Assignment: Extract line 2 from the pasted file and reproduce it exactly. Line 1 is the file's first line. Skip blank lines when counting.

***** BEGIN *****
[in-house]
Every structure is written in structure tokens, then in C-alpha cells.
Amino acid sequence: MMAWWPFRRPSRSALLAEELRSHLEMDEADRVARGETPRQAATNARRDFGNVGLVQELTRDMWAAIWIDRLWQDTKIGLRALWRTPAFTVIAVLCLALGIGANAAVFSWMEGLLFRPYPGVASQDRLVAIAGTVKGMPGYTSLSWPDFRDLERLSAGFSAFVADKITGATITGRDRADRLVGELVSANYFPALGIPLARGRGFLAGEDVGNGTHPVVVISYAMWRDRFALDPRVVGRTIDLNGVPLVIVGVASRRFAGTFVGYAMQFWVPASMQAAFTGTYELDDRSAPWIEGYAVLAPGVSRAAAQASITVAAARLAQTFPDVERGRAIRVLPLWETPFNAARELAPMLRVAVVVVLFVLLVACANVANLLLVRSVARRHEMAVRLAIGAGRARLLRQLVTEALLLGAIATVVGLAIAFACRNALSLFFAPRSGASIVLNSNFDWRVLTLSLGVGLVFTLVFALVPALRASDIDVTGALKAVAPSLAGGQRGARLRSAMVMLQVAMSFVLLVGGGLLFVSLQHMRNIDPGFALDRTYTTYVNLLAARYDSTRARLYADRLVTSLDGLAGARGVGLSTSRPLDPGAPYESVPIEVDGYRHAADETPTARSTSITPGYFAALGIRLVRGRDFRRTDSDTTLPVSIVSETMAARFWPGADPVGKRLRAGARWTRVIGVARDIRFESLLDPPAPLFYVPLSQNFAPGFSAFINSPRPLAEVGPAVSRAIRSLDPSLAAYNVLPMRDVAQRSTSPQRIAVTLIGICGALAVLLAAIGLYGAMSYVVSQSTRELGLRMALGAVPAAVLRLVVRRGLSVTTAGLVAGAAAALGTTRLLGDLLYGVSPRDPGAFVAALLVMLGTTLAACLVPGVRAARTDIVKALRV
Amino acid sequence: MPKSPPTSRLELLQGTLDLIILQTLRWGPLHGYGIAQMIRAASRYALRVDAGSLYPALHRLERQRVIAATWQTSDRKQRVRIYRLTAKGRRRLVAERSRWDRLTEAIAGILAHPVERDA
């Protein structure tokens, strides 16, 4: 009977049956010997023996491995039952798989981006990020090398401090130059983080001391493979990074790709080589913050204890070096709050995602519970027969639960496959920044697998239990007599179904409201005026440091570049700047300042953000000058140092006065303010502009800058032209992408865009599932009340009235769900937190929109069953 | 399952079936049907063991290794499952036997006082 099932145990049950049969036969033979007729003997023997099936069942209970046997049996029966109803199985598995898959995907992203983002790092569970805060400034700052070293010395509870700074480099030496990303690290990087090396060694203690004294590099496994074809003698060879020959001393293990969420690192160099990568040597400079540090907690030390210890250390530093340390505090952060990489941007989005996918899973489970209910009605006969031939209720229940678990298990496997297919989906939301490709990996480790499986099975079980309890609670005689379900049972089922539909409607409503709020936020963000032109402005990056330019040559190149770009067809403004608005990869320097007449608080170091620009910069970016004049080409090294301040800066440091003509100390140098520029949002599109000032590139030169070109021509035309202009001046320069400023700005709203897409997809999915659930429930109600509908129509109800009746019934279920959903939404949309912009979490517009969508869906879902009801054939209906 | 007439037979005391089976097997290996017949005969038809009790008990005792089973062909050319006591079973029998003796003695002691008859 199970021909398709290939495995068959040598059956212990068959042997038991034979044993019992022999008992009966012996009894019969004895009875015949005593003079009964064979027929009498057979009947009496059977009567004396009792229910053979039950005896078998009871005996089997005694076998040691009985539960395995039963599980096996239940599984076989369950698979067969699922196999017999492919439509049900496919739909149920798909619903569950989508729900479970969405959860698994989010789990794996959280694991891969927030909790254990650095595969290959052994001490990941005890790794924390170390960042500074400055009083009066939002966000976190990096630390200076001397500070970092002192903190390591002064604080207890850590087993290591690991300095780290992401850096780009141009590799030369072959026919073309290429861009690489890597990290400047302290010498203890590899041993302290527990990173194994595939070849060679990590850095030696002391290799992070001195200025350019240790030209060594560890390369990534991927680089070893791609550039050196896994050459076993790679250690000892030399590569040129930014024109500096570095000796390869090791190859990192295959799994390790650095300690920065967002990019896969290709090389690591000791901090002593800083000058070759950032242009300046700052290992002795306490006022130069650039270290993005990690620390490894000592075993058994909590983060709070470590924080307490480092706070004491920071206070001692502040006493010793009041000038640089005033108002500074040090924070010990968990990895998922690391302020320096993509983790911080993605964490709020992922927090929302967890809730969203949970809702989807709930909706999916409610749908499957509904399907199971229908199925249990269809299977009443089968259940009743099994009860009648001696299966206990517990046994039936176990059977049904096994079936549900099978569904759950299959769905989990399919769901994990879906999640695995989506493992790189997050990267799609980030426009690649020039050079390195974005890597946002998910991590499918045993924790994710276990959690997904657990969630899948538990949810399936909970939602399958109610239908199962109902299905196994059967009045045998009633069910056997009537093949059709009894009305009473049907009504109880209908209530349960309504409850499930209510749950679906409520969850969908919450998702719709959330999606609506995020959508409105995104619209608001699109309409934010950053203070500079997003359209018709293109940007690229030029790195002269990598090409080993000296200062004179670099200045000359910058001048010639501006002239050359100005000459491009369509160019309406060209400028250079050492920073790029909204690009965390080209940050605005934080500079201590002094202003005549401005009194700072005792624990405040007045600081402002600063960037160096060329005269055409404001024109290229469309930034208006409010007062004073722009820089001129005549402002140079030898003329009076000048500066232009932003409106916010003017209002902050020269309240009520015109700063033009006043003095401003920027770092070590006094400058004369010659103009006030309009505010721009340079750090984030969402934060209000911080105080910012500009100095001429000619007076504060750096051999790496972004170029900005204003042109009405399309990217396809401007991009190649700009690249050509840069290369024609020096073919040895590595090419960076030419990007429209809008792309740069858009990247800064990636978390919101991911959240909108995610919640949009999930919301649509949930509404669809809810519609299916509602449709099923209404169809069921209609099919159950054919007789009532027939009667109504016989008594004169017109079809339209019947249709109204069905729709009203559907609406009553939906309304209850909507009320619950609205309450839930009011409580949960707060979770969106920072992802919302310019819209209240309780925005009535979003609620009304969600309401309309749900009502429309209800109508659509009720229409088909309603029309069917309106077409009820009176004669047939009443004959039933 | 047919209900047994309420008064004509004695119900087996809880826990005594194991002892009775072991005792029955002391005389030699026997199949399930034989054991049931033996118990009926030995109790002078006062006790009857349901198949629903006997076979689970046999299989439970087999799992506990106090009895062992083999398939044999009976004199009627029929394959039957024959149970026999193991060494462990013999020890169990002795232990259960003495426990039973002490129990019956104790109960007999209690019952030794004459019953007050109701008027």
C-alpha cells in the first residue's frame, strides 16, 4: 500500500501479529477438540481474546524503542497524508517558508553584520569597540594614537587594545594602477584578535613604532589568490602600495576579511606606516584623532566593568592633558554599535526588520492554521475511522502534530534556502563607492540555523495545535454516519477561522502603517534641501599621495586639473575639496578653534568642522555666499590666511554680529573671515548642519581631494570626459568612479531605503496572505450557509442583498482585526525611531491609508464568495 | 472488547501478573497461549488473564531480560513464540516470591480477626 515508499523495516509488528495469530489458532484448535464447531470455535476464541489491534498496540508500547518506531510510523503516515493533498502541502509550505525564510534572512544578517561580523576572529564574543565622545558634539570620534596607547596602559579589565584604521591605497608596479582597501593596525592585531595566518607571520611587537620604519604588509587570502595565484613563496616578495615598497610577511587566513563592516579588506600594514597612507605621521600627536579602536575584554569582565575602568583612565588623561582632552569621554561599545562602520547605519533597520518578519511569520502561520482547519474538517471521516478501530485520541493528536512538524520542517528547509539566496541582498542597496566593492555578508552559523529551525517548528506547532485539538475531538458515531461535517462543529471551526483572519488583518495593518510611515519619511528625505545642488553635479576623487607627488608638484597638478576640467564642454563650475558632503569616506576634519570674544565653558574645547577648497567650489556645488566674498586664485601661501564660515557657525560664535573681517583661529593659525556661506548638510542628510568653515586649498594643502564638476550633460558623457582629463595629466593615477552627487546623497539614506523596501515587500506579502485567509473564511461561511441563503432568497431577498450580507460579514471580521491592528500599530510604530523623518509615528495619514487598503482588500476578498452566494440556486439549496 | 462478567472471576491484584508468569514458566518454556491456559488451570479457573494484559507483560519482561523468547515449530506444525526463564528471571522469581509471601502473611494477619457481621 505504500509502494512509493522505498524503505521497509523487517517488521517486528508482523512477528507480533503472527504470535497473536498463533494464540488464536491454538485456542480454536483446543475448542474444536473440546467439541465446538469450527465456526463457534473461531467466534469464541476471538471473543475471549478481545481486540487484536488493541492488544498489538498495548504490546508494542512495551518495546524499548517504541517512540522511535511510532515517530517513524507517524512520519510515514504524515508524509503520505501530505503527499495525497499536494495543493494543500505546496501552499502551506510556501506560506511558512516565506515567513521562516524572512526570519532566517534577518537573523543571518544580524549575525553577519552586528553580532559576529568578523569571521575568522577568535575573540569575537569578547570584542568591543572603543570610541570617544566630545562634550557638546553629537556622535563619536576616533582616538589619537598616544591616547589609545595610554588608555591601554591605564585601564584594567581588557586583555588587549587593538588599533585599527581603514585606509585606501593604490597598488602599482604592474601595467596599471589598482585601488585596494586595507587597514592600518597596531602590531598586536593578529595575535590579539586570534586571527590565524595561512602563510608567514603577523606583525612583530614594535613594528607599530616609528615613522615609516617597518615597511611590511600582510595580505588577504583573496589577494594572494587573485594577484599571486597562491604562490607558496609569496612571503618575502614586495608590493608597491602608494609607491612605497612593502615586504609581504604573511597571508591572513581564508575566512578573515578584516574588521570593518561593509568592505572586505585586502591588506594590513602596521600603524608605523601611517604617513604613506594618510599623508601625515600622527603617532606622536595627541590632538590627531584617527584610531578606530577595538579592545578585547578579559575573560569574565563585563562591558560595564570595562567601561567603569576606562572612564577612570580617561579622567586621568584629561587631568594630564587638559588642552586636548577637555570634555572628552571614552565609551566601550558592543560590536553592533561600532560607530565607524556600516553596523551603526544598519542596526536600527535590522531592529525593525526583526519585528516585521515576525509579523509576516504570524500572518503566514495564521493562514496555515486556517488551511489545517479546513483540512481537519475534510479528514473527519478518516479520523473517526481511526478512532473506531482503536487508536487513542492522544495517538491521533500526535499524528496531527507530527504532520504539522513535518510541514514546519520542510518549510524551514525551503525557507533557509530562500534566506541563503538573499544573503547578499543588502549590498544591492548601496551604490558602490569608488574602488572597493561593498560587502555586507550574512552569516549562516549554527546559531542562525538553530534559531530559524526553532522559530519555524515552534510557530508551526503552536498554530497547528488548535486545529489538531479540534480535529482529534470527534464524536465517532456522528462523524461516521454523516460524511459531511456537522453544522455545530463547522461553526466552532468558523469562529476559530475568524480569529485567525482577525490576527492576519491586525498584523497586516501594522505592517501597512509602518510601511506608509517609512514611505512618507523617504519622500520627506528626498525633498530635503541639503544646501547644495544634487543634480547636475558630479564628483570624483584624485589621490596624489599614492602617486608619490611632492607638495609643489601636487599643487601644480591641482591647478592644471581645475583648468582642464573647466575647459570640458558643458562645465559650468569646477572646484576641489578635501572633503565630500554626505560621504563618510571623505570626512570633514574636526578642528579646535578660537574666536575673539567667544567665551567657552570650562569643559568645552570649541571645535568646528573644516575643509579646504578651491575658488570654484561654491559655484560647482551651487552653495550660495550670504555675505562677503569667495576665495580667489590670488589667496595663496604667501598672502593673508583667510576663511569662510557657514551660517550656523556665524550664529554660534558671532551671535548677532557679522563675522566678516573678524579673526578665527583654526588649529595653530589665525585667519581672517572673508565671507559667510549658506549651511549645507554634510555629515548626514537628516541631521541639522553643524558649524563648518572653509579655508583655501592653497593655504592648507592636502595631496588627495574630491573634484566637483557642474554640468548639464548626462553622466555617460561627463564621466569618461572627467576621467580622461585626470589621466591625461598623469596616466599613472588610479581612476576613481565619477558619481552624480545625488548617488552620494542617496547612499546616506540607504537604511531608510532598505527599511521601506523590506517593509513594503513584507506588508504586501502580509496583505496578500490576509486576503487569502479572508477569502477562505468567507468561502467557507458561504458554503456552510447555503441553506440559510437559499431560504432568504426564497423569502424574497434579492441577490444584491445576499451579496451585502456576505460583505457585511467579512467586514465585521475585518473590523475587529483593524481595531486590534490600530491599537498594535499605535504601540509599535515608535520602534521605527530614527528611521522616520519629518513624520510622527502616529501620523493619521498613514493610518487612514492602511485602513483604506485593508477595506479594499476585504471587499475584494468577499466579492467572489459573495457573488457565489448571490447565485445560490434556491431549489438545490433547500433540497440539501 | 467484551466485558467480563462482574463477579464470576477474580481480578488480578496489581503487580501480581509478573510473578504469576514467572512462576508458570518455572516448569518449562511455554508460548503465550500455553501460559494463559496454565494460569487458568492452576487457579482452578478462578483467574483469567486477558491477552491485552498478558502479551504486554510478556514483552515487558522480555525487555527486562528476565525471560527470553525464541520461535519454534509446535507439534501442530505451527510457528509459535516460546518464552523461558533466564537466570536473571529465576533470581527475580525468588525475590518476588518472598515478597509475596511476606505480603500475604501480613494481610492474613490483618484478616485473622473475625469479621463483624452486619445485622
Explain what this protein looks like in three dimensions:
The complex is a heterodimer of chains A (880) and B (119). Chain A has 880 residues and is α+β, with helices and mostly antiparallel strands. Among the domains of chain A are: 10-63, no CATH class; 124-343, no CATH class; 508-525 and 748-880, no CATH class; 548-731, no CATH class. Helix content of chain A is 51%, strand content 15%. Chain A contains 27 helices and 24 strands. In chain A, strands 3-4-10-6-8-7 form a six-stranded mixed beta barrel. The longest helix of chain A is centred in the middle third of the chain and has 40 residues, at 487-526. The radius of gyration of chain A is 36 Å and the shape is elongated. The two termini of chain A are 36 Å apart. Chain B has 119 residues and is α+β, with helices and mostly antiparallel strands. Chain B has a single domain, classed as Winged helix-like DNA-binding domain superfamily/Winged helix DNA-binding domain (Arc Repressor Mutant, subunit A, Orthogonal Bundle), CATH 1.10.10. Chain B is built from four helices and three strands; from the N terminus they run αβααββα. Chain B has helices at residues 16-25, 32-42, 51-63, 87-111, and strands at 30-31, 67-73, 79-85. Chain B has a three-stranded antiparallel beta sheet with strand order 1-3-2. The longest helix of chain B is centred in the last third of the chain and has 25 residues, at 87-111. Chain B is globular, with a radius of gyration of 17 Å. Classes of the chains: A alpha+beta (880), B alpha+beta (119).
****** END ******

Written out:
Every structure is written in structure tokens, then in C-alpha cells.